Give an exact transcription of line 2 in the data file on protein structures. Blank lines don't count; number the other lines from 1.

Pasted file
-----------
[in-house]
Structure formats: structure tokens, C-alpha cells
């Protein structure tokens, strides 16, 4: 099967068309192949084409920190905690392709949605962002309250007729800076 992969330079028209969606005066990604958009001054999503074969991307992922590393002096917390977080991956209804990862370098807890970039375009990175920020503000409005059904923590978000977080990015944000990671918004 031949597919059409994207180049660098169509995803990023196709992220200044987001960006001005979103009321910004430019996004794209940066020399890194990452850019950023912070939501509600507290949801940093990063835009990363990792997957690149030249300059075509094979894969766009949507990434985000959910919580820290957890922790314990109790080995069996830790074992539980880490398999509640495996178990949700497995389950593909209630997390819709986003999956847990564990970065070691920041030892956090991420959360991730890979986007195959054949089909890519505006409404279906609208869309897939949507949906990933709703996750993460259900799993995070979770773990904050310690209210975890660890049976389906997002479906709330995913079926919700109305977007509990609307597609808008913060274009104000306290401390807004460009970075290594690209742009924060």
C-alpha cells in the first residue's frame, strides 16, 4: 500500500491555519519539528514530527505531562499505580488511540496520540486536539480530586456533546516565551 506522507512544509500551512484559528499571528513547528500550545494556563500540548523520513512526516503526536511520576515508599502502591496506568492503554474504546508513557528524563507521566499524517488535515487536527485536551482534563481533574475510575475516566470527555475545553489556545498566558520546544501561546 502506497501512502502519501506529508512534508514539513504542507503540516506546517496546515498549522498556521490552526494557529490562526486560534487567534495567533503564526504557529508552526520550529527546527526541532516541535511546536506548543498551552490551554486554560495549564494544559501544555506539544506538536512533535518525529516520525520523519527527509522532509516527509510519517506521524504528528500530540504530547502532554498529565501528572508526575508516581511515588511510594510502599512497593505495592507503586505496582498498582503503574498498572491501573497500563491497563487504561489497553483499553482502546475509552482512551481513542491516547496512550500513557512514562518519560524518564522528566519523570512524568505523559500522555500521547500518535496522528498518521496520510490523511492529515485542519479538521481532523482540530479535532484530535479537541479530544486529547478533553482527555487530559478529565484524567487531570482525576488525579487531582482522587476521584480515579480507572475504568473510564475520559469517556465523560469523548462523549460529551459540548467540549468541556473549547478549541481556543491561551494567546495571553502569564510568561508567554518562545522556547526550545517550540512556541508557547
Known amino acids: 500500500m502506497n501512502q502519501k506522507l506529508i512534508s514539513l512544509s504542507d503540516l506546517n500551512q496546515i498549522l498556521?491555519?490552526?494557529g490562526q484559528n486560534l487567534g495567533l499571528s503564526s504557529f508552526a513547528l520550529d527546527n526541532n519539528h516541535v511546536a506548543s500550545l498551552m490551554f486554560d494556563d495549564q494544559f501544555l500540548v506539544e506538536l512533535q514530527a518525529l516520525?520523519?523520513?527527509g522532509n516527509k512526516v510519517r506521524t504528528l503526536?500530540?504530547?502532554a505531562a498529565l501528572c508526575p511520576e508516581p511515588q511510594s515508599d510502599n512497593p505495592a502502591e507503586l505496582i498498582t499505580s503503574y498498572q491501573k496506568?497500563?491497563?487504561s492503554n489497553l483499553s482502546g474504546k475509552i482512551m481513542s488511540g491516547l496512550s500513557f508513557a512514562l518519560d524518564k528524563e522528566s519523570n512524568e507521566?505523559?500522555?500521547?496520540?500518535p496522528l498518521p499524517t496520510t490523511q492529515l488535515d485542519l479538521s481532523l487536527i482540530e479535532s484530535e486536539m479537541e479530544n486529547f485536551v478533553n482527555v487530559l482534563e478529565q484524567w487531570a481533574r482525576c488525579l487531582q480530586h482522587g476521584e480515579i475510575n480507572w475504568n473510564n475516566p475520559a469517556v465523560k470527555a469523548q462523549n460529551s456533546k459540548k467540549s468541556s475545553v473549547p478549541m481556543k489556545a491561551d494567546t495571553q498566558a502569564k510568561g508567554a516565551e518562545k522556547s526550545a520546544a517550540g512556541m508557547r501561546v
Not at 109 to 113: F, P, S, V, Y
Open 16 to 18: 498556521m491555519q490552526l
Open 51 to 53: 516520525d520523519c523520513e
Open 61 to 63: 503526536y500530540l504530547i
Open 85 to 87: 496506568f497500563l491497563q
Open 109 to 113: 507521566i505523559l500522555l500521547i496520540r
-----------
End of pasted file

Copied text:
Structure formats: structure tokens, C-alpha cells